When World War I broke out in 1914, Pearson volunteered for service with the University of Toronto Hospital Unit, entered the Canadian Army Medical Corps, and spent two years in Egypt and Greece. Transferred to the Royal Flying Corps, he survived a plane crash during his training maiden flight. In 1918, he was hit by a bus in London during a blackout and was discharged from service. He received his B.A from the University of Toronto in 1919 and joined the Delta Upsilon Fraternity. He then spent a year working in Hamilton and Chicago in the meat-packing industry. With a Massey Foundation scholarship, he studied at Oxford’s St John’s College and completed his M.A. in 1925. He taught history at Toronto University and coached the Varsity Blues Canadian football and ice hockey teams. Topping the Canadian Foreign Service entry exam, he was assigned, from 1939 to 1942, as the second-in-command at Canada House, London, where he coordinated military supply and refugee problems. He was posted to the Canadian Embassy in Washington. As the Canadian Ambassador to the U.S from 1945 to 1946, he played a significant part in establishing the United Nations and NATO. In 1948, Prime Minister Louis St. Laurent appointed him Secretary of State for External Affairs in the Liberal government. He won a seat in the Canadian House of Commons representing Algoma East, northern Ontario. Pearson was elected leader of the Liberal Party at its leadership convention of 1958 after stepping down as party leader. Pearson’s party was badly routed in the federal election which he had asked for. Following the federal election of 1962, the Tories formed a minority government. Their indecision on accepting American nuclear warheads on Canadian BOMARC missiles and subsequent non-confidence motions on the issue forced a national election. The Liberals came up five seats short of a majority. With the support of the New Democratic Party, Pearson formed a minority government and became the Prime Minister in 1963. Pearson signed the Canada-United States Automotive Agreement in 1965, which benefitted Canadian workers and consumers by lowering prices and increasing production, creating thousands of jobs and resulting in higher wages. While in office, he declined U.S. requests to send Canadian combat troops into the Vietnam War. On a visit to the U.S, he called for the cessation of American bombing of Vietnam, thereby offending President Johnson. In 1967, he introduced a discrimination-free points-based system which encouraged immigration to Canada, a forerunner of the system still in place today, and also oversaw Canada’s centennial celebrations before retiring. In 1967, the French President, Charles de Gaulle, visited Quebec and delivered his famous “Vive le Québec libre!” An enraged Pearson made it clear that de Gaulle was no longer welcome in Canada. He retired as Prime Minister in 1968. Post-retirement, he chaired the Commission on International Development. From 1970 to 1972, he chaired the Board of Governors of the International Development Research Centre. He lectured and eventually became the Chancellor of Carleton University.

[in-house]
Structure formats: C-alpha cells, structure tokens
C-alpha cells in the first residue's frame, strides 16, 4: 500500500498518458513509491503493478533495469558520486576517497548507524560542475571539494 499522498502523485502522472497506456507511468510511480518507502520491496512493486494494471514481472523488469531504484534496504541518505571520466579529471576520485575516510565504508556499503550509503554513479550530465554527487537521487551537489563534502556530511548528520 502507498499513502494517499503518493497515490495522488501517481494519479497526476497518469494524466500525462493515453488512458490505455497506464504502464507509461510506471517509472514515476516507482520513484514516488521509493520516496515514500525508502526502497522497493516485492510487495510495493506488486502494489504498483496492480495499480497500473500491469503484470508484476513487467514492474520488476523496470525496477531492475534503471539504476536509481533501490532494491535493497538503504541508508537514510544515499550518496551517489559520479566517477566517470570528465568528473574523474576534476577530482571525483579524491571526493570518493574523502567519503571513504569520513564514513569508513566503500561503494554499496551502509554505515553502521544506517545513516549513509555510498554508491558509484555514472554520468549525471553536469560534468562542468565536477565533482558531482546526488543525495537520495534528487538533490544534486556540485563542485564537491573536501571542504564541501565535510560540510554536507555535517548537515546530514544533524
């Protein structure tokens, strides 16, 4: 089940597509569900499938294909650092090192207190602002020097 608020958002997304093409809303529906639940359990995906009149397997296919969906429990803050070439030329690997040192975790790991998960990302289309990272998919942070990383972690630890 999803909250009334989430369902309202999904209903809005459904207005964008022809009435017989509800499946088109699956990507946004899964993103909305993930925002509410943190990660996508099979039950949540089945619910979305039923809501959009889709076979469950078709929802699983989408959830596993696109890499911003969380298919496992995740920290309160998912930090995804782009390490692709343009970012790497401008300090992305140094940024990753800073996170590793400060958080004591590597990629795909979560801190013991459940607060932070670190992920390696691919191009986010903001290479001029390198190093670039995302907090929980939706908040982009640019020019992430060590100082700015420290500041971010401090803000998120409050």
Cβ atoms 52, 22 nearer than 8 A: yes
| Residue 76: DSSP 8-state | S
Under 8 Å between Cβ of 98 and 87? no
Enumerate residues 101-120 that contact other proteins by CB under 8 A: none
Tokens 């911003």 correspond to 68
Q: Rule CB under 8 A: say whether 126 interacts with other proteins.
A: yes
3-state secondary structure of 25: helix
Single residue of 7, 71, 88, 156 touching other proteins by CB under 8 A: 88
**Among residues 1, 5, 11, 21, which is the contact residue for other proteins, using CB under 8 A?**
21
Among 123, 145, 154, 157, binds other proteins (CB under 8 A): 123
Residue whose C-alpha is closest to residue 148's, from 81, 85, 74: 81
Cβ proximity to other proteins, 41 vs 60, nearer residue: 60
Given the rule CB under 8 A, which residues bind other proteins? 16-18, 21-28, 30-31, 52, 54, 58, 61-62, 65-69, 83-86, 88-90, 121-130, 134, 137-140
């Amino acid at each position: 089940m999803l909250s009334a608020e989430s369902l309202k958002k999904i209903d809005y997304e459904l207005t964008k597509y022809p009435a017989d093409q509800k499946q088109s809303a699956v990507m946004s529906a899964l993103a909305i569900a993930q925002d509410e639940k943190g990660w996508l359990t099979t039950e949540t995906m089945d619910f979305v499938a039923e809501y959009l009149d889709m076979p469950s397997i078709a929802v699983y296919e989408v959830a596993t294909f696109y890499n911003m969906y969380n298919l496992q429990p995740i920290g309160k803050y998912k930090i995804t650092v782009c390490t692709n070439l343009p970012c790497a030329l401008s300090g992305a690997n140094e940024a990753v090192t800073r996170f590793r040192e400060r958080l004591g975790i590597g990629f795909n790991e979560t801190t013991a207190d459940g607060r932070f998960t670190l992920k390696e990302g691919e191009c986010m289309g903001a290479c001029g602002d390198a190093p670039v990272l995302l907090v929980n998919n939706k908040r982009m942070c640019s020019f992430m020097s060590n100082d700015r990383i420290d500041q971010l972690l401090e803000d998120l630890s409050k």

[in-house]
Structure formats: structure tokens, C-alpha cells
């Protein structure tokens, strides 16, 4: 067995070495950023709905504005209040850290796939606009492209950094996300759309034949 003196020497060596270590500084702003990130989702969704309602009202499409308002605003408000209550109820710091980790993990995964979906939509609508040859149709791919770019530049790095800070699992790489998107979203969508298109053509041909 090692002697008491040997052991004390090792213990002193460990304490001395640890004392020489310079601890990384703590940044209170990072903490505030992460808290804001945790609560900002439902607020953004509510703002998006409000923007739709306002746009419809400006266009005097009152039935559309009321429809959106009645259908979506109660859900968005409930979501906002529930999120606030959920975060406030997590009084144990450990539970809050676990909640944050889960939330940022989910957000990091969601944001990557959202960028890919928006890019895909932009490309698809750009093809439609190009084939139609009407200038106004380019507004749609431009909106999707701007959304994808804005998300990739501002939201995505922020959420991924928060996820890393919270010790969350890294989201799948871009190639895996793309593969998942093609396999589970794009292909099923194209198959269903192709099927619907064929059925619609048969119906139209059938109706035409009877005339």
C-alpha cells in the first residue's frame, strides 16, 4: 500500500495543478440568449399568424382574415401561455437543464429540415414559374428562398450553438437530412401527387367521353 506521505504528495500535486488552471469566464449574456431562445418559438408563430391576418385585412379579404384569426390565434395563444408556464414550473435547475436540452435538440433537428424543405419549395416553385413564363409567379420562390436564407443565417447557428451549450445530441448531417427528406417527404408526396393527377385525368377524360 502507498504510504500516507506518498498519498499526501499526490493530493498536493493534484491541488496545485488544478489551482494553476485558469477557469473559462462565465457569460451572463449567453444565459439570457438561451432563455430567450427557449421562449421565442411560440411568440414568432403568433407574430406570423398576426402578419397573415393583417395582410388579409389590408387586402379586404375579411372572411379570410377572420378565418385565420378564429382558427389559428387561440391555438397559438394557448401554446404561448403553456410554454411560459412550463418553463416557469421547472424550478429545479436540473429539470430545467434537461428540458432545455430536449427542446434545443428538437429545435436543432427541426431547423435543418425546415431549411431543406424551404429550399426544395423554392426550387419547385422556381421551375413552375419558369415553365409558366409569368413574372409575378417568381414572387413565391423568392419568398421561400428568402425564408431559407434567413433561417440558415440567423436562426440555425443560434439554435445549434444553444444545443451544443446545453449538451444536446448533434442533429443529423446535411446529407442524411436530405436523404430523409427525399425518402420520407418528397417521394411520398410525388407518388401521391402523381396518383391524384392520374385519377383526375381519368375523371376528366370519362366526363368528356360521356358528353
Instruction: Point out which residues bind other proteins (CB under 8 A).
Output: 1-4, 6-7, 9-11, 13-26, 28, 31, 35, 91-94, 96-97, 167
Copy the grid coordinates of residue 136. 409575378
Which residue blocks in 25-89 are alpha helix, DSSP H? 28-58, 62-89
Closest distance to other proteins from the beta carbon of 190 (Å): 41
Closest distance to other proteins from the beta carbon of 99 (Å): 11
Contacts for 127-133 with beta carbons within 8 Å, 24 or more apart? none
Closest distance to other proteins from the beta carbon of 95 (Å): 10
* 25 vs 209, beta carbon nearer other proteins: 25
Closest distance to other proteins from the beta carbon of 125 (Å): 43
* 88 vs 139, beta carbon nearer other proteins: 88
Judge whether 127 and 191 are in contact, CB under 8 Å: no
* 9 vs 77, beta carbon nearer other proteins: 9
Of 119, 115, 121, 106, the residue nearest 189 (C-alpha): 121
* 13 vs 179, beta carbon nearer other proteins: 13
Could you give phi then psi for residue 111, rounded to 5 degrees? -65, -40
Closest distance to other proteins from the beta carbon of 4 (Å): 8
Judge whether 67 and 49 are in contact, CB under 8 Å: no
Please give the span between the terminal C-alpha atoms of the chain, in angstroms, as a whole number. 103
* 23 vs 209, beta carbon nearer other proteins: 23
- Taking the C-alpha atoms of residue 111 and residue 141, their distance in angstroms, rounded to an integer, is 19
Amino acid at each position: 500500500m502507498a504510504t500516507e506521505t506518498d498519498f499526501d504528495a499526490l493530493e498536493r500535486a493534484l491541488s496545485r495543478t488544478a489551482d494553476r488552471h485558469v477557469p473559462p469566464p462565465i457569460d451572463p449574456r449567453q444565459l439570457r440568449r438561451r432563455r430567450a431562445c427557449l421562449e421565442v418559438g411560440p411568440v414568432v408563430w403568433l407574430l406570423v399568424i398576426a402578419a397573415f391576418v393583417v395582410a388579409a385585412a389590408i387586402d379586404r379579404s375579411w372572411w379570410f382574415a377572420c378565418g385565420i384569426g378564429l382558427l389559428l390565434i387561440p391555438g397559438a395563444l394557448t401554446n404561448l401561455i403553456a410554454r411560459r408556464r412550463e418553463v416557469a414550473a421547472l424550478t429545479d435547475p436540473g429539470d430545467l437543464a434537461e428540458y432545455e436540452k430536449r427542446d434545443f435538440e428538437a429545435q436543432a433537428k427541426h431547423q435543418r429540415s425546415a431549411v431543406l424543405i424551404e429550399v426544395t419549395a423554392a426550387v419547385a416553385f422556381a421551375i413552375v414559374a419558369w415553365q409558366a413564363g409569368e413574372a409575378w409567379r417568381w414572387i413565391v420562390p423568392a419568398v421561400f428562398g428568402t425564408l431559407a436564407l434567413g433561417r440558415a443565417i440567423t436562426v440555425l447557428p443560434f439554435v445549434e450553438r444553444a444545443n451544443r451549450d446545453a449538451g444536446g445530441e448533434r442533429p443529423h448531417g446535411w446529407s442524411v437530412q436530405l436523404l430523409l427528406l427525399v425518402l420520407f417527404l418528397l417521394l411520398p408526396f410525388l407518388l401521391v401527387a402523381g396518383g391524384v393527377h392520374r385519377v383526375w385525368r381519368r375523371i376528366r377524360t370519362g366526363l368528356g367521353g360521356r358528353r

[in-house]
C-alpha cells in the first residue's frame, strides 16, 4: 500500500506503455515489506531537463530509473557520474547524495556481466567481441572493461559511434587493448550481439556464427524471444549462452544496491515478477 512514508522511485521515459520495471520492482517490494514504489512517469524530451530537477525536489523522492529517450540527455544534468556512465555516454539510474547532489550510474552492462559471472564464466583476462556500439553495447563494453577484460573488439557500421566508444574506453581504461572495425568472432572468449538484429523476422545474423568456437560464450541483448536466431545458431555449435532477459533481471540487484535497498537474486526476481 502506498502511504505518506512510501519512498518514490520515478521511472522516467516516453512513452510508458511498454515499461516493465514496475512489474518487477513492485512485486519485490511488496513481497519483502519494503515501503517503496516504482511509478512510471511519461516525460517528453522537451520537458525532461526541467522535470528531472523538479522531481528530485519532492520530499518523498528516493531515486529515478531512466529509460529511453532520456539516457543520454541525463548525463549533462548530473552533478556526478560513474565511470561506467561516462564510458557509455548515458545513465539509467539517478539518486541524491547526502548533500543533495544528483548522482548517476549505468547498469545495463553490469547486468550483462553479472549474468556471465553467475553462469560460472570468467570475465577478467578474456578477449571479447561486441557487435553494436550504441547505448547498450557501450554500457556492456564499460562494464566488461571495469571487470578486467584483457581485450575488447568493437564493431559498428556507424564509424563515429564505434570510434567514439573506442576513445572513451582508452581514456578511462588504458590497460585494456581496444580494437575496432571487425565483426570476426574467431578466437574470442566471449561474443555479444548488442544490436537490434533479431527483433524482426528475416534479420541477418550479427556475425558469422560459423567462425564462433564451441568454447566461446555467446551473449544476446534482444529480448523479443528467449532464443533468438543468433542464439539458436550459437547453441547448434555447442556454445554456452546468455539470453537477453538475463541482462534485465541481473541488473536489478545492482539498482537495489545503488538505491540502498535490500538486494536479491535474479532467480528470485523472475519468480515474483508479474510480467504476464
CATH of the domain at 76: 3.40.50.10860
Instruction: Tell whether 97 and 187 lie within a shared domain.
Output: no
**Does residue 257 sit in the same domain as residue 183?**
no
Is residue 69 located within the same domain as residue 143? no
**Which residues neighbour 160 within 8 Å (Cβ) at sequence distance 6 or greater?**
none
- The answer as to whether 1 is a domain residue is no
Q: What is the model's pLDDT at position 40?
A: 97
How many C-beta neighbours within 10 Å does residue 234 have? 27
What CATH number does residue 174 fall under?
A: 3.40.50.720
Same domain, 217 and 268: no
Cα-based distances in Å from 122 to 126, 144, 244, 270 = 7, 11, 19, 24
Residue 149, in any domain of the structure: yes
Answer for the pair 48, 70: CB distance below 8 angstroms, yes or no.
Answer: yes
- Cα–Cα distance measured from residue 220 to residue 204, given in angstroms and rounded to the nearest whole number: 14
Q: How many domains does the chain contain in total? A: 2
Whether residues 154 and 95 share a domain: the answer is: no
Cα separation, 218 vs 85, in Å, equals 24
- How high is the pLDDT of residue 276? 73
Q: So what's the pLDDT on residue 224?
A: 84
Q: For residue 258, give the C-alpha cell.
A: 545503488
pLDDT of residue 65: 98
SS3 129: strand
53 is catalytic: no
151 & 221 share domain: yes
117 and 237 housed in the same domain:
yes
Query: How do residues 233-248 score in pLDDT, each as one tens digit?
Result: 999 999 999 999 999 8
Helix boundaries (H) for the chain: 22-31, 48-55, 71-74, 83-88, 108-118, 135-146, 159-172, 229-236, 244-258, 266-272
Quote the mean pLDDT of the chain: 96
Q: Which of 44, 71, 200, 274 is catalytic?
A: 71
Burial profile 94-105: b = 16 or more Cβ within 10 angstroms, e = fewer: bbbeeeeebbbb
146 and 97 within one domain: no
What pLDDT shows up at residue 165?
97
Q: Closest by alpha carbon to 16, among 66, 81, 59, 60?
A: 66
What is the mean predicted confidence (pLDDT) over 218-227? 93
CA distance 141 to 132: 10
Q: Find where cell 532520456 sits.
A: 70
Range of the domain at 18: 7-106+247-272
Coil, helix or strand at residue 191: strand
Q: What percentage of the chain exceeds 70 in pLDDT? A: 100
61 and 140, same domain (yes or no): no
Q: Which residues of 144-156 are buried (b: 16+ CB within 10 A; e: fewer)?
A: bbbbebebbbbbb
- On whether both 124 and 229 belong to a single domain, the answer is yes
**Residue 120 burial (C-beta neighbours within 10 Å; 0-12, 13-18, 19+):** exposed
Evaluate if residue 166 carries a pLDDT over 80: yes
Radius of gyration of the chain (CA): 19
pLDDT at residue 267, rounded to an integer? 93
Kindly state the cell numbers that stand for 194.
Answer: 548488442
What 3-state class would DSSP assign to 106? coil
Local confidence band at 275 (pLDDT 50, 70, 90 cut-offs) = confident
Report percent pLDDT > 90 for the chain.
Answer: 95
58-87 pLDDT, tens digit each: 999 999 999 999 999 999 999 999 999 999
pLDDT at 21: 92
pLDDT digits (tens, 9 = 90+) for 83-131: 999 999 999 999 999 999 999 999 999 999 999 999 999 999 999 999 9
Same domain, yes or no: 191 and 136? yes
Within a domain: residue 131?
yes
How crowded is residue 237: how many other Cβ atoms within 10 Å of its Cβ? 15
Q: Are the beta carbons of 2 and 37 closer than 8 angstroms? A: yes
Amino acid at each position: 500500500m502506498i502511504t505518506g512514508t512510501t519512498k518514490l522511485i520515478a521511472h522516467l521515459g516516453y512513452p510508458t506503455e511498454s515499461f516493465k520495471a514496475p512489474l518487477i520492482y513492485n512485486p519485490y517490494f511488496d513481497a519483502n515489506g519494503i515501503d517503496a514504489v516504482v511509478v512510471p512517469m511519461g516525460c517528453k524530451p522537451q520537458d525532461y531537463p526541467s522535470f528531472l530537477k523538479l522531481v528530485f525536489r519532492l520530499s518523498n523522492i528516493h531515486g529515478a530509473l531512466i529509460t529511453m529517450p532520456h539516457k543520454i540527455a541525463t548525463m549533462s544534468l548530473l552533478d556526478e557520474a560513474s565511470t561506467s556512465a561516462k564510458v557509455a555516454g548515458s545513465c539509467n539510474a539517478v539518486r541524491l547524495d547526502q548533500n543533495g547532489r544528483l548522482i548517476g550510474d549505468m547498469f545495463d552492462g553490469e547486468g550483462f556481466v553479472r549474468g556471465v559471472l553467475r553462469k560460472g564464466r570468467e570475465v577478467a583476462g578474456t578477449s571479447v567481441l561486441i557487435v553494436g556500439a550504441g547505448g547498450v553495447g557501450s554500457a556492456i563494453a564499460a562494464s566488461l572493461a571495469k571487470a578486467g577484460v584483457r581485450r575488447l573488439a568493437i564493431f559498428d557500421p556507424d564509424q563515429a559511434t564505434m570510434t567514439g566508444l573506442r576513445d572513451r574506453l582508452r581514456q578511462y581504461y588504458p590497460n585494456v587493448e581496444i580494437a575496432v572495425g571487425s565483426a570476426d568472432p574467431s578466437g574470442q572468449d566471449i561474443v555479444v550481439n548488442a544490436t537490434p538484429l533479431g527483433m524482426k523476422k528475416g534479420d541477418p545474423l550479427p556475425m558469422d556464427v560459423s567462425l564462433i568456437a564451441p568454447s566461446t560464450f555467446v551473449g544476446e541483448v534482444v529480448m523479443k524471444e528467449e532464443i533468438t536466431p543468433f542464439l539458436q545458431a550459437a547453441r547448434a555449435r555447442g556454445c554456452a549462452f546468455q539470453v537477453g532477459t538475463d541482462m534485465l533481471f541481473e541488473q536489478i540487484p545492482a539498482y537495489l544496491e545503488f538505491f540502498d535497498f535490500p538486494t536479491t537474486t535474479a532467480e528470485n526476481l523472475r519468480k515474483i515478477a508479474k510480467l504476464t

Major Works

Despite heading a minority government, Pearson initiated major social programs, including universal health care, the Canada Pension Plan, Canada Student Loans, a 40-hour work week, and a new minimum wage. He set up the Royal Commission on the Status of Women in 1967 and the Royal Commission on Bilingualism and Biculturalism. This helped in creating legal equality for women and brought official bilingualism into being.

Awards & Achievements

In 1957, for his role in resolving the Suez Crisis, Pearson was awarded the Nobel Peace Prize. He created The United Nations Emergency Force, which is considered the father of the modern concept of peacekeeping. He was appointed a Companion of the Order of Canada and inducted into the Canadian Peace Hall of Fame in 2000. He was the recipient of Honorary Degrees from 48 Universities.

Personal Life & Legacy

Pearson married Maryon Moody in 1925. They had two children, a daughter named Patricia and a son named Geoffrey. He died due to cancer on 27 December 1972 in Ottawa.


An award instituted in Lester B. Pearson’s honor is given to the National Hockey League’s most outstanding player in the regular season. This peace-loving Canadian Prime Minister once said, “The grim fact is that we prepare for war like precocious giants, and for peace like retarded pygmies”.